• Honeywell CCTV cameras for around the clock surveillance and reliable recording

    WOSAS 2018 is a haven for various and innovative building safety products

    Both the 2nd World of Safety and Security (WOSAS) will be held this December 5 to 8 at World Trade Center Manila and the 2nd World of Consumer Electronics Exposition (WOCEE). The grounds are open from 10 am up to 8 pm, and tickets are only PhP100.00 for walk-in visitors. Interested visitors can also pre-register online at to get in absolutely free. Catch the future of technology and security at WOSAS 2018!

    For more information, do not hesitate to contact WOSAS on their social media pages: World of Safety and Security (Facebook) and/or on @wosas (Instagram) or contact them by calling 02) 6569239 and or emailing them at


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    Learning to love really is the best way to discover the abundant life that Jesus offers

    November 3rd, 2018

    NOT much introduction is needed for this week’s Lectionary. It’s all about love for God and love for neighbor. Whether I explore this through Jesus’ conversation with the legal expert or through Ruth’s commitment to Naomi, the message remains the same: if I am seeking life, I must go by the way of love.

    The two themes that come together in this week’s readings are the Great Commandment to love God and neighbor, and the protection and prosperity that is enjoyed by those who follow God’s laws. In Ruth’s story, it is her love for Naomi that cements their relationship and ensures that they are both, in a sense, protected as they face the tough journey back to Naomi’s home.

    The message of the Lectionary, then, is that in obedience to God’s commandments I find a life of goodness and I am protected from much of the evil and brokenness of our world. This is not in a “reward for good behavior” sense, but in the simple sense that God’s commands point us to the way that life works best both for the individual and for the collective. And, of course, all of God’s commands can be summarized in the simple, but difficult, calling to love God and neighbor.

    So many of the world’s problems ultimately stem from a lack of love: economic crises as a result of greed and stinginess; war and conflict as a result of hatred and exalting the needs and agendas of the self and one’s particular group. In our culture of ‘ me first”, personal autonomy our social structures break down because we simply forget the skill to love and hold people together.

    In every life and every community we know the pain of our inadequate love. Where is this pain felt most sharply in your community today? Do the rich ignore the poor who live right beside them? Are families and marriages falling apart through carelessness and neglect.

    The paradox is that, when I begin to truly love, and start to put the needs of others before my own, my own needs are more easily and fully satisfied. Learning to love really is the best way to discover the abundant life that Jesus offers.

    The Rev. Isaias Ginson is priest of The Episcopal Church. He is currently priest in charge of the Episcopal church of St. Margaret’s in Plainview, NY.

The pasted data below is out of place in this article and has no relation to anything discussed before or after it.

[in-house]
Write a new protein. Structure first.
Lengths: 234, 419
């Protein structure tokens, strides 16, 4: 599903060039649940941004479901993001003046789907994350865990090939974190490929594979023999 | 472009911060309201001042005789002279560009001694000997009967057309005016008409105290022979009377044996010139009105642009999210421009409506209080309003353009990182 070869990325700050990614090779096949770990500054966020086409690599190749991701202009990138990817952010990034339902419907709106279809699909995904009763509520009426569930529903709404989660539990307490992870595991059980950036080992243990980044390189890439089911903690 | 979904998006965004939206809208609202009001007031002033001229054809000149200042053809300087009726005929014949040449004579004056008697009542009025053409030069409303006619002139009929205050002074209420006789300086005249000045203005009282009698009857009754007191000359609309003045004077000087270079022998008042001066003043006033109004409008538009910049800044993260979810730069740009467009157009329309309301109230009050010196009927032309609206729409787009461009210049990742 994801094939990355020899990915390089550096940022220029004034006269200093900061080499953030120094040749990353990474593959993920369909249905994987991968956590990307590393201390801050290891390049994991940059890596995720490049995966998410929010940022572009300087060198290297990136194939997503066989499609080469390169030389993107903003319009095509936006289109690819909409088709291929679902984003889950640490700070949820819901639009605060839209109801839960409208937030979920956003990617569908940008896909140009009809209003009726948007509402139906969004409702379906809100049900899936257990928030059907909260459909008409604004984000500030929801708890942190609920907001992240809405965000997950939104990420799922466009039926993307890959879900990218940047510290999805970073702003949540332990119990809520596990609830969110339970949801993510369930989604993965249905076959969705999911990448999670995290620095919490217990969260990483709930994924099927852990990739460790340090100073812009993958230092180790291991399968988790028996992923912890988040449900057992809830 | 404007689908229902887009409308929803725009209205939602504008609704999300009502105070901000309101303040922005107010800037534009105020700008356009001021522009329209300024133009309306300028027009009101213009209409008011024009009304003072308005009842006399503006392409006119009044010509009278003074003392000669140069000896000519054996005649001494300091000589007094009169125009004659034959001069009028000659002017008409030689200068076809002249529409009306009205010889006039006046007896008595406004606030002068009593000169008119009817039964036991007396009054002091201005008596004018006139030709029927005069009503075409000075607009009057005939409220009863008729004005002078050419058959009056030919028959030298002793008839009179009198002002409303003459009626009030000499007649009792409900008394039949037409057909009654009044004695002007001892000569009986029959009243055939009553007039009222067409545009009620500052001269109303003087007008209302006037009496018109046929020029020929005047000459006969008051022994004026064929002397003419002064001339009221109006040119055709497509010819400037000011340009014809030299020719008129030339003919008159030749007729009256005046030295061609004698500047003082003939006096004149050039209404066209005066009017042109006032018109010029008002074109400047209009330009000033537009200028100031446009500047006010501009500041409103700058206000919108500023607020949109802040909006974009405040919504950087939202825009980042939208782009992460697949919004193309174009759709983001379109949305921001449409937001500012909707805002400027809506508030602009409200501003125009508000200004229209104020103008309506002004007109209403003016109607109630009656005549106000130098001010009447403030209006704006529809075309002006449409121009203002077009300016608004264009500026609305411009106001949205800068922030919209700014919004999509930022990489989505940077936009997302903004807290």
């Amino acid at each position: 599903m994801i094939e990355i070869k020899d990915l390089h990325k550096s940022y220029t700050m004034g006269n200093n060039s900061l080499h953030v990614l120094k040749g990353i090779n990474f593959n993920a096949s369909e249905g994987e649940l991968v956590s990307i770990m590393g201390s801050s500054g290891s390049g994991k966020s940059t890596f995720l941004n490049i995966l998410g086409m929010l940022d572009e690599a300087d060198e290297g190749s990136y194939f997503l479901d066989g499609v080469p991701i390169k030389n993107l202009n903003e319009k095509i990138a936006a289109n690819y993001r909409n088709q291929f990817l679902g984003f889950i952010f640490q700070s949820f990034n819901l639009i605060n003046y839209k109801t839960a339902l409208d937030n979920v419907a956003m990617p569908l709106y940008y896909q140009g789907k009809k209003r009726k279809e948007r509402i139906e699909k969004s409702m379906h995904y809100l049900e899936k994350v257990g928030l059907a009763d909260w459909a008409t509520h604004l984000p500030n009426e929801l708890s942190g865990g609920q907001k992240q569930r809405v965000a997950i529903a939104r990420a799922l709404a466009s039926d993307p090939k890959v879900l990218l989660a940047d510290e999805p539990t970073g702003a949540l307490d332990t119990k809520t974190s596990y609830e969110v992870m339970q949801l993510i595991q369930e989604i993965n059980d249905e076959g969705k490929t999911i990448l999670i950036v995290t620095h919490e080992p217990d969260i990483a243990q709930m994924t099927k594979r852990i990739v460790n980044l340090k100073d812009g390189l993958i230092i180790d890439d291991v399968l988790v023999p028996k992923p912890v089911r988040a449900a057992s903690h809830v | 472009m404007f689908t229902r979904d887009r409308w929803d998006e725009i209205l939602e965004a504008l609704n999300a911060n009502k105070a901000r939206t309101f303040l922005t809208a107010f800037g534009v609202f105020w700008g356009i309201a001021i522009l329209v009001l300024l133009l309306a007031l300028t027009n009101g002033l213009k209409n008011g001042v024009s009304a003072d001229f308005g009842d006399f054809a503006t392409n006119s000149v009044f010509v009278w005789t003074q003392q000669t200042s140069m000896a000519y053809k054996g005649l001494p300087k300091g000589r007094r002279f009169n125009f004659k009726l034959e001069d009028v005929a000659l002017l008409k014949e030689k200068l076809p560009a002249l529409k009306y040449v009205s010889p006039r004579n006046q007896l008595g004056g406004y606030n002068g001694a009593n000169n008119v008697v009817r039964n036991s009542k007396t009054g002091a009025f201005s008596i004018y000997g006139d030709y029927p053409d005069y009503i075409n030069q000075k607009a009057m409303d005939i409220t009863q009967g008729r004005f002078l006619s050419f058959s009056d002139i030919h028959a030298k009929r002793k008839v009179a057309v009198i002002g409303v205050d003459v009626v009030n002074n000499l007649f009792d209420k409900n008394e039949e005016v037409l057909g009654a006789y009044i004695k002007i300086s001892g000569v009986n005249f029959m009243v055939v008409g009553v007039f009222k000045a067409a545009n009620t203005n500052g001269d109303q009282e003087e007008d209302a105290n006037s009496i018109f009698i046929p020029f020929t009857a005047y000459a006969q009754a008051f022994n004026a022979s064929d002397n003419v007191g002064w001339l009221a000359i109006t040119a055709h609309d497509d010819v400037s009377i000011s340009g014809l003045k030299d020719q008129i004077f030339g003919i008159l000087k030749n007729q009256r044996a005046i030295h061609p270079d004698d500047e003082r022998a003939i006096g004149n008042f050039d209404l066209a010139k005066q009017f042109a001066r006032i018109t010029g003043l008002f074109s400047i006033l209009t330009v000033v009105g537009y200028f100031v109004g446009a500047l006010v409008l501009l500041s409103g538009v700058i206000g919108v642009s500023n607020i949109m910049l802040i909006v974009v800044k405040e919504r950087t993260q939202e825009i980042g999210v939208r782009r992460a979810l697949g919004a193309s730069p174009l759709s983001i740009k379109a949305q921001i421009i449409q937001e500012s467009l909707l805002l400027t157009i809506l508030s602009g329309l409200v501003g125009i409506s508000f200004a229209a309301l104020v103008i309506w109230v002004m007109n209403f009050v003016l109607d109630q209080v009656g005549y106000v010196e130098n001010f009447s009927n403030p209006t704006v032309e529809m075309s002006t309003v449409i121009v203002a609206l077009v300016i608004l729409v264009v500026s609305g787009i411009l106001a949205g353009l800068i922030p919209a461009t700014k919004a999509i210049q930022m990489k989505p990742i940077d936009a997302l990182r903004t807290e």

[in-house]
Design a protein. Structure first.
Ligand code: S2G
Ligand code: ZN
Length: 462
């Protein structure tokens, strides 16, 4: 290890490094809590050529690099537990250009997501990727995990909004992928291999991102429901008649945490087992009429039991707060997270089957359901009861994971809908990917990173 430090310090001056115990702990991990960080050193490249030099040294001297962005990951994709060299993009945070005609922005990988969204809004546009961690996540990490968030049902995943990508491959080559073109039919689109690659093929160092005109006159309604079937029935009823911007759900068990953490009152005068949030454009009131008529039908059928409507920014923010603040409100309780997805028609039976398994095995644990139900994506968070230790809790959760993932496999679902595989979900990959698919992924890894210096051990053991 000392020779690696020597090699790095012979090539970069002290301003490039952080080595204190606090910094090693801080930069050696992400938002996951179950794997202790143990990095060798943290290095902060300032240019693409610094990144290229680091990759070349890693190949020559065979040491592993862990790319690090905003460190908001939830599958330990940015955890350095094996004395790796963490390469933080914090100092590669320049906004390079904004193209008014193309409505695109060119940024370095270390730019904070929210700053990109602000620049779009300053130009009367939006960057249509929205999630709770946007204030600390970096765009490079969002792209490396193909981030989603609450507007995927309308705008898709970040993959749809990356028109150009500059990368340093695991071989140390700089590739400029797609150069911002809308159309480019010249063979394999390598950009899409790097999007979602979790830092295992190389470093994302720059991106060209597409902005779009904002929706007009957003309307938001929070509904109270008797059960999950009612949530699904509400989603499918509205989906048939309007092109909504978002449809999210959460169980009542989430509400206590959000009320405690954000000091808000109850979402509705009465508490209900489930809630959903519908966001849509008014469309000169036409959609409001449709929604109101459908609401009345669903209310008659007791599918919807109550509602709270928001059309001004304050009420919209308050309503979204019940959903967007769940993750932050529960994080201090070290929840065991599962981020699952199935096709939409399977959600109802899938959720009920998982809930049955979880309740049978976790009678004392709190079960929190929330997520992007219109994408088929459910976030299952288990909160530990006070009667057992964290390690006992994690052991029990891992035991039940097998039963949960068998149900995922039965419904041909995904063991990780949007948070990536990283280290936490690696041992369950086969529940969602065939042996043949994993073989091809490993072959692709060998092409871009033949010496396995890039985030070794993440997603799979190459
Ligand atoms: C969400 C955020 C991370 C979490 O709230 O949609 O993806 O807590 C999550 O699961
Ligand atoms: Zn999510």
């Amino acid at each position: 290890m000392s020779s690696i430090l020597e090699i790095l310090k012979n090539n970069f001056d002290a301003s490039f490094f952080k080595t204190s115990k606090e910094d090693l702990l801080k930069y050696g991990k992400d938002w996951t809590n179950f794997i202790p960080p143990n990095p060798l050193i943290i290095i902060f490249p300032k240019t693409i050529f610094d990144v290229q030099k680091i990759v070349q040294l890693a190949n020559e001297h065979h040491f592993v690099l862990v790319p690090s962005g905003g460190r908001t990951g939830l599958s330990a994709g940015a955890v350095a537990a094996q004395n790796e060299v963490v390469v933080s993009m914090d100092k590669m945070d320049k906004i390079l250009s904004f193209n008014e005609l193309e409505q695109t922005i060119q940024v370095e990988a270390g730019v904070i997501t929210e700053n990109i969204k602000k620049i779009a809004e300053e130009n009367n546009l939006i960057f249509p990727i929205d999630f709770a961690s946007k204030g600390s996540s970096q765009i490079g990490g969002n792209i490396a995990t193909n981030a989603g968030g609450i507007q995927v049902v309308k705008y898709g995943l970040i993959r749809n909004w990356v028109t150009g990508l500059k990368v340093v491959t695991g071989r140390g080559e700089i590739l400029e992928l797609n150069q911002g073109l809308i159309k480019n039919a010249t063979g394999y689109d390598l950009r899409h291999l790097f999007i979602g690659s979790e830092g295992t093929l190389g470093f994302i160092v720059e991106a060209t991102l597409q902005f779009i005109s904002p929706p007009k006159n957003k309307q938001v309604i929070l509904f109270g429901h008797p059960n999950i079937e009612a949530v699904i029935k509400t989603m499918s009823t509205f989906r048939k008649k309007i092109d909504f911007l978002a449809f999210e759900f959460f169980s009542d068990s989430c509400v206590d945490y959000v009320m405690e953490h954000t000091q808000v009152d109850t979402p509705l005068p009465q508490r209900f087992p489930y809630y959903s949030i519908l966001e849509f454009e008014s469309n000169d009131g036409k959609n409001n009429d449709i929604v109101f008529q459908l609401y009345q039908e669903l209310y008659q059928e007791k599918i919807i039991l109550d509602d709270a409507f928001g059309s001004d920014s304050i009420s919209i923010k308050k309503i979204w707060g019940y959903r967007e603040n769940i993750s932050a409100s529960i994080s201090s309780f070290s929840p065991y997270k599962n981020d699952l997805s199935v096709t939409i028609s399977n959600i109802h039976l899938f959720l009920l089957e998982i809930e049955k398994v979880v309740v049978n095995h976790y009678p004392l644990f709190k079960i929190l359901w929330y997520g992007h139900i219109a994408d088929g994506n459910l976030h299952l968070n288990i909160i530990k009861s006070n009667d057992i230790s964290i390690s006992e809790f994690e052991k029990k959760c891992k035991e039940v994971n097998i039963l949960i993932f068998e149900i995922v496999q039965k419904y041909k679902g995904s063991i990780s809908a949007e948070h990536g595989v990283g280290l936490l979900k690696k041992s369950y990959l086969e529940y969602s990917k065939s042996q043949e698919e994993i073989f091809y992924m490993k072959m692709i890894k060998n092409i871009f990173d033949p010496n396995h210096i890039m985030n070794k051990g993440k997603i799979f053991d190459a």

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    More than 90% of the world’s children breathe toxic air every day

    November 3rd, 2018

    Air quality monitoring → Air quality monitoring in low- and middle-income countries needs to be strengthened, especially in areas close to hospitals, schools, and workplaces. Low-cost sensors and other new technologies can expand air quality monitoring and forecasting to areas that are currently underserved. New protocols and standards are needed to guide the effective use and interpretation of data produced by low-cost sensors in citizen science and other applications. – Flickr/Leniners

    EVERYDAY around 93 percent of the world’s children under the age of 15 years (1.8 billion children) breathe air that is so polluted it puts their health and development at serious risk. Tragically, many of them die: WHO estimates that in 2016, 600,000 children died from acute lower respiratory infections caused by polluted air.

    A new WHO report on Air pollution and child health: Prescribing clean air examines the heavy toll of both ambient (outside) and household air pollution on the health of the world’s children, particularly in low- and middle-income countries. The report is being launched on the eve of WHO’s first ever Global Conference on Air Pollution and Health. 

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    It reveals that when pregnant women are exposed to polluted air, they are more likely to give birth prematurely, and have small, low birth-weight children. Air pollution also impacts neurodevelopment and cognitive ability and can trigger asthma, and childhood cancer. Children who have been exposed to high levels of air pollution may be at greater risk for chronic diseases such as cardiovascular disease later in life.

    “Polluted air is poisoning millions of children and ruining their lives,” says Dr Tedros Adhanom Ghebreyesus, WHO Director-General. “This is inexcusable. Every child should be able to breathe clean air so they can grow and fulfill their full potential.”

    One reason why children are particularly vulnerable to the effects of air pollution is that they breathe more rapidly than adults and so absorb more pollutants.  

    They also live closer to the ground, where some pollutants reach peak concentrations – at a time when their brains and bodies are still developing.

    Newborns and young children are also more susceptible to household air pollution in homes that regularly use polluting fuels and technologies for cooking, heating and lighting